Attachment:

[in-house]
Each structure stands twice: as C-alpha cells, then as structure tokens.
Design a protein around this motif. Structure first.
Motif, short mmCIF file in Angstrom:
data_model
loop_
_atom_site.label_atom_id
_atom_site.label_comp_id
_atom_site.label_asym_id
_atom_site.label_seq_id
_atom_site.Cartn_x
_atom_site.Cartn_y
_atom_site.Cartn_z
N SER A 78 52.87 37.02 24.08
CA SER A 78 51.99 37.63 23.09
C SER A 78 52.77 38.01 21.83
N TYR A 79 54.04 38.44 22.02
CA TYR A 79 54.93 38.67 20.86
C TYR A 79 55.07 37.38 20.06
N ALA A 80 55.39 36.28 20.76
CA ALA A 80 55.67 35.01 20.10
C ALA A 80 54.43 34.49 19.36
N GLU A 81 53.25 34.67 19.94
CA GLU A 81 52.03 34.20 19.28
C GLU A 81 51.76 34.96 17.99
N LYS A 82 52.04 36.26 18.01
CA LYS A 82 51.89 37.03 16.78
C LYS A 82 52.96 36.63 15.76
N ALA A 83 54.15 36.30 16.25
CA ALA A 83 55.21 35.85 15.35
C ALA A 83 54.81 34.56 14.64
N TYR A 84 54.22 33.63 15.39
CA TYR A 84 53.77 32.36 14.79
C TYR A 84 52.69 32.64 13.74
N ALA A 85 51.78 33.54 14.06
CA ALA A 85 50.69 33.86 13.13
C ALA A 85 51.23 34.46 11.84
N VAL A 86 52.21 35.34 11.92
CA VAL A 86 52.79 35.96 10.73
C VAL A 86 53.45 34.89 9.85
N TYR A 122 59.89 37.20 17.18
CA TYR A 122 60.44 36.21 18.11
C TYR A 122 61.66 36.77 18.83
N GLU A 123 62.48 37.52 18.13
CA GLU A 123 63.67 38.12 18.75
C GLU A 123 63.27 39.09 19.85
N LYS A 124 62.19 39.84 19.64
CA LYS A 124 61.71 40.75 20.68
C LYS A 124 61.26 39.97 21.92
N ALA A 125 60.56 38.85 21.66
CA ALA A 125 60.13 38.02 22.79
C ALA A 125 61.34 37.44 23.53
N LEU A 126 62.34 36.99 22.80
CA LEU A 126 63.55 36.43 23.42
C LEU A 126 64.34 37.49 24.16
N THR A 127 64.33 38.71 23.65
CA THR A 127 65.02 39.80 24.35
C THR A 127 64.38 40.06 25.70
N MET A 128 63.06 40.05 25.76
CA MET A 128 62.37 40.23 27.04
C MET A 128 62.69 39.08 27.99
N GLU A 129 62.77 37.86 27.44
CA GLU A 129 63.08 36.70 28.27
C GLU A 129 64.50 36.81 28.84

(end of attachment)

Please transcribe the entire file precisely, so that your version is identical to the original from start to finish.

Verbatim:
[in-house]
Each structure stands twice: as C-alpha cells, then as structure tokens.
Design a protein around this motif. Structure first.
Motif, short mmCIF file in Angstrom:
data_model
loop_
_atom_site.label_atom_id
_atom_site.label_comp_id
_atom_site.label_asym_id
_atom_site.label_seq_id
_atom_site.Cartn_x
_atom_site.Cartn_y
_atom_site.Cartn_z
N SER A 78 52.87 37.02 24.08
CA SER A 78 51.99 37.63 23.09
C SER A 78 52.77 38.01 21.83
N TYR A 79 54.04 38.44 22.02
CA TYR A 79 54.93 38.67 20.86
C TYR A 79 55.07 37.38 20.06
N ALA A 80 55.39 36.28 20.76
CA ALA A 80 55.67 35.01 20.10
C ALA A 80 54.43 34.49 19.36
N GLU A 81 53.25 34.67 19.94
CA GLU A 81 52.03 34.20 19.28
C GLU A 81 51.76 34.96 17.99
N LYS A 82 52.04 36.26 18.01
CA LYS A 82 51.89 37.03 16.78
C LYS A 82 52.96 36.63 15.76
N ALA A 83 54.15 36.30 16.25
CA ALA A 83 55.21 35.85 15.35
C ALA A 83 54.81 34.56 14.64
N TYR A 84 54.22 33.63 15.39
CA TYR A 84 53.77 32.36 14.79
C TYR A 84 52.69 32.64 13.74
N ALA A 85 51.78 33.54 14.06
CA ALA A 85 50.69 33.86 13.13
C ALA A 85 51.23 34.46 11.84
N VAL A 86 52.21 35.34 11.92
CA VAL A 86 52.79 35.96 10.73
C VAL A 86 53.45 34.89 9.85
N TYR A 122 59.89 37.20 17.18
CA TYR A 122 60.44 36.21 18.11
C TYR A 122 61.66 36.77 18.83
N GLU A 123 62.48 37.52 18.13
CA GLU A 123 63.67 38.12 18.75
C GLU A 123 63.27 39.09 19.85
N LYS A 124 62.19 39.84 19.64
CA LYS A 124 61.71 40.75 20.68
C LYS A 124 61.26 39.97 21.92
N ALA A 125 60.56 38.85 21.66
CA ALA A 125 60.13 38.02 22.79
C ALA A 125 61.34 37.44 23.53
N LEU A 126 62.34 36.99 22.80
CA LEU A 126 63.55 36.43 23.42
C LEU A 126 64.34 37.49 24.16
N THR A 127 64.33 38.71 23.65
CA THR A 127 65.02 39.80 24.35
C THR A 127 64.38 40.06 25.70
N MET A 128 63.06 40.05 25.76
CA MET A 128 62.37 40.23 27.04
C MET A 128 62.69 39.08 27.99
N GLU A 129 62.77 37.86 27.44
CA GLU A 129 63.08 36.70 28.27
C GLU A 129 64.50 36.81 28.84